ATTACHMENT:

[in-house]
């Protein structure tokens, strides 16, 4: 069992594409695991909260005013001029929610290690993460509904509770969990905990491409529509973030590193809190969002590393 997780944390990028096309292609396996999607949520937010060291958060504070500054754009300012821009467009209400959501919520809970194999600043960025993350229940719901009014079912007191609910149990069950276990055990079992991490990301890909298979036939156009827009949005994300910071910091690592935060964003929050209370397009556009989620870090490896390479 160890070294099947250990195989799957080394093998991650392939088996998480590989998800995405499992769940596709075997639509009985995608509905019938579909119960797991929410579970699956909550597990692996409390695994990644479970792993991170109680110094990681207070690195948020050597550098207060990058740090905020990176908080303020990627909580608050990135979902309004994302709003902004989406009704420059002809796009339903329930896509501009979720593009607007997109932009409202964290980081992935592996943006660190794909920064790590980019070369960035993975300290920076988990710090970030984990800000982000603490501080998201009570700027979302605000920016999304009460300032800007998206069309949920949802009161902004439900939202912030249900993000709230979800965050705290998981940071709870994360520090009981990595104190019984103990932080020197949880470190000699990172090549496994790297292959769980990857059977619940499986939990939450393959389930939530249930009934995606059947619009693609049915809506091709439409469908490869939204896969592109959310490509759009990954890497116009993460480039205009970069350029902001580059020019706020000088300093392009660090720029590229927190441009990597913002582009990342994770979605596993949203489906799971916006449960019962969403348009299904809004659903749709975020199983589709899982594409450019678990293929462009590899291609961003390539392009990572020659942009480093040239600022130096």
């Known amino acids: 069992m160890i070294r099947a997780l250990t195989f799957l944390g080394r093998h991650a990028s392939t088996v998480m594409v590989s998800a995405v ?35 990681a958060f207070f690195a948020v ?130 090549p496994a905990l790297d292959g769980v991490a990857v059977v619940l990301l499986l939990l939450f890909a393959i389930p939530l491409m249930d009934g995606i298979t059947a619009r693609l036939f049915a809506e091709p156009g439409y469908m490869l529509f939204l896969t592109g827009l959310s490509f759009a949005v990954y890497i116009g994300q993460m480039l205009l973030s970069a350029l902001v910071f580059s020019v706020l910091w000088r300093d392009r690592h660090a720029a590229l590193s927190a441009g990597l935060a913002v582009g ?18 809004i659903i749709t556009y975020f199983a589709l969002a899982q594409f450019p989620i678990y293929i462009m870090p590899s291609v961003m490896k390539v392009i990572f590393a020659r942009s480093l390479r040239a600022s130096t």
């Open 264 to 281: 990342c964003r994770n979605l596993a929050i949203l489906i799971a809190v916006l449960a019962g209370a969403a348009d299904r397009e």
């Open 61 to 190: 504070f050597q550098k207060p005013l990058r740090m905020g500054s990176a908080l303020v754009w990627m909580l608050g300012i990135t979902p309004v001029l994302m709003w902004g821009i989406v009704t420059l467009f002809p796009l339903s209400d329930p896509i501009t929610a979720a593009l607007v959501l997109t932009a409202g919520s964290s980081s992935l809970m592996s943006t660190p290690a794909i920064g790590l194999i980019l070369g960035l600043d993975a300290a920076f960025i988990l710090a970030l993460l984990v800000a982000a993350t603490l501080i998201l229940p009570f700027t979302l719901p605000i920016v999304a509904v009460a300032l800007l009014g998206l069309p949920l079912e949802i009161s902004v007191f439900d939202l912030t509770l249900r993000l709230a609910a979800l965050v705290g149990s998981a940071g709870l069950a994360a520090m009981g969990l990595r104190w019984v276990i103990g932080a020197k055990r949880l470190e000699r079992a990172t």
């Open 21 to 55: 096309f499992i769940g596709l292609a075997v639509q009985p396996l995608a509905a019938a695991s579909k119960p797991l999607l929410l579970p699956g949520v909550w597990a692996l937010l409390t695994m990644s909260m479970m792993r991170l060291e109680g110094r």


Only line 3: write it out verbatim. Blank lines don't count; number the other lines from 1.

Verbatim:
């Known amino acids: 069992m160890i070294r099947a997780l250990t195989f799957l944390g080394r093998h991650a990028s392939t088996v998480m594409v590989s998800a995405v ?35 990681a958060f207070f690195a948020v ?130 090549p496994a905990l790297d292959g769980v991490a990857v059977v619940l990301l499986l939990l939450f890909a393959i389930p939530l491409m249930d009934g995606i298979t059947a619009r693609l036939f049915a809506e091709p156009g439409y469908m490869l529509f939204l896969t592109g827009l959310s490509f759009a949005v990954y890497i116009g994300q993460m480039l205009l973030s970069a350029l902001v910071f580059s020019v706020l910091w000088r300093d392009r690592h660090a720029a590229l590193s927190a441009g990597l935060a913002v582009g ?18 809004i659903i749709t556009y975020f199983a589709l969002a899982q594409f450019p989620i678990y293929i462009m870090p590899s291609v961003m490896k390539v392009i990572f590393a020659r942009s480093l390479r040239a600022s130096t």